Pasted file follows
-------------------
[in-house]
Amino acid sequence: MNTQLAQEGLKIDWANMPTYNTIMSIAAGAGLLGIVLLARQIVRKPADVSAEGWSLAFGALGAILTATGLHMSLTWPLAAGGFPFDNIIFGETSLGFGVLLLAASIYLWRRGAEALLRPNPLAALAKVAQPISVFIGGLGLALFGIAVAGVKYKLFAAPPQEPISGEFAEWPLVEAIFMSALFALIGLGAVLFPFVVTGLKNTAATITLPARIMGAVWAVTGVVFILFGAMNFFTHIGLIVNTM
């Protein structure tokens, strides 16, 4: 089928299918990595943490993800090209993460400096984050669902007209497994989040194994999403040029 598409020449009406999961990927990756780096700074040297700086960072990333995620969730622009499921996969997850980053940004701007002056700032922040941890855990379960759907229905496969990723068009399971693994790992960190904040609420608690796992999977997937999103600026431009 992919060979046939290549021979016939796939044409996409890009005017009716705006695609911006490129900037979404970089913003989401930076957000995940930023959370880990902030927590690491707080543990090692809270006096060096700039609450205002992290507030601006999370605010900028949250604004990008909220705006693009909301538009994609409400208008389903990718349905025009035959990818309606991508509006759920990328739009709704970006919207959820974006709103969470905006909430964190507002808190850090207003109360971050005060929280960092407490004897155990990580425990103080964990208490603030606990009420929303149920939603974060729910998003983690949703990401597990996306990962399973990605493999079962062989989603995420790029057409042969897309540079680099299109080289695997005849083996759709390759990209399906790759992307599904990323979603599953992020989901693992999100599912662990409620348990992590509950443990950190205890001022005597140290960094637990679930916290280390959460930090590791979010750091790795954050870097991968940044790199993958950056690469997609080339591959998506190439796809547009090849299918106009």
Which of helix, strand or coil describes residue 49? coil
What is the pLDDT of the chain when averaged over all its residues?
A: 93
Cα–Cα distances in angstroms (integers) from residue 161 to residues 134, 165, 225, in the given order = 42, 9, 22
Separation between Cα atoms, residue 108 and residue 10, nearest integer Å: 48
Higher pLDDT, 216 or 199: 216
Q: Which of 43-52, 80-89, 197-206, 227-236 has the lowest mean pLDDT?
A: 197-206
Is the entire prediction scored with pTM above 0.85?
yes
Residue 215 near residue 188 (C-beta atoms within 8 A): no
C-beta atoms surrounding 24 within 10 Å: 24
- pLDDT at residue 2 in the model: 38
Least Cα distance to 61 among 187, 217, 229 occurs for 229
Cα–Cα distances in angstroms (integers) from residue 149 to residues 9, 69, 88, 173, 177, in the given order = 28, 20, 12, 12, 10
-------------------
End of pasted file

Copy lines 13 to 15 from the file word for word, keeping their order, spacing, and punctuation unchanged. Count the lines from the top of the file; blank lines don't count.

yes
Residue 215 near residue 188 (C-beta atoms within 8 A): no
C-beta atoms surrounding 24 within 10 Å: 24